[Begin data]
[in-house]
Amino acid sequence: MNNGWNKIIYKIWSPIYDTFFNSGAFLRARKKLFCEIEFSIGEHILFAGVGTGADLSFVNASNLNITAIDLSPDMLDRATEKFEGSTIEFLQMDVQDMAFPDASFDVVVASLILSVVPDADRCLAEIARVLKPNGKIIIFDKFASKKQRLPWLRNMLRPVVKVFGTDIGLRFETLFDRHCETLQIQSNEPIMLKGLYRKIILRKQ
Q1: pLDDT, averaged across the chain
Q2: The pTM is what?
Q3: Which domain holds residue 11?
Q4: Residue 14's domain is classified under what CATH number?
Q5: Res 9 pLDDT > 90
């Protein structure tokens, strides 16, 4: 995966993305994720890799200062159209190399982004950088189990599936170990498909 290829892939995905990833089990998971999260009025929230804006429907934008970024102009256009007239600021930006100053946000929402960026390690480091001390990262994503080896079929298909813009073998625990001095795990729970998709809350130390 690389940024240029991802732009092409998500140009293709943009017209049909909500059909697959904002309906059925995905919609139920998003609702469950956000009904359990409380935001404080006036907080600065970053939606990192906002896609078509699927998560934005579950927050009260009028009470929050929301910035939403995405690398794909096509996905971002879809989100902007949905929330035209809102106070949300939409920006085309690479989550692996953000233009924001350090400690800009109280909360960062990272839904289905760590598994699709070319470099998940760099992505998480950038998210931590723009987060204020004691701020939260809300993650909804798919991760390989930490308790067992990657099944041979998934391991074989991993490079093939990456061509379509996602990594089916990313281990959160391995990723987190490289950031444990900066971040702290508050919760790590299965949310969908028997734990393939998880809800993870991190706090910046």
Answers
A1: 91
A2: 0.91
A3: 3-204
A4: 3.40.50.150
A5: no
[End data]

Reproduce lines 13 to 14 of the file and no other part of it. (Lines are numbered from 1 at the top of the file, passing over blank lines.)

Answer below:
A4: 3.40.50.150
A5: no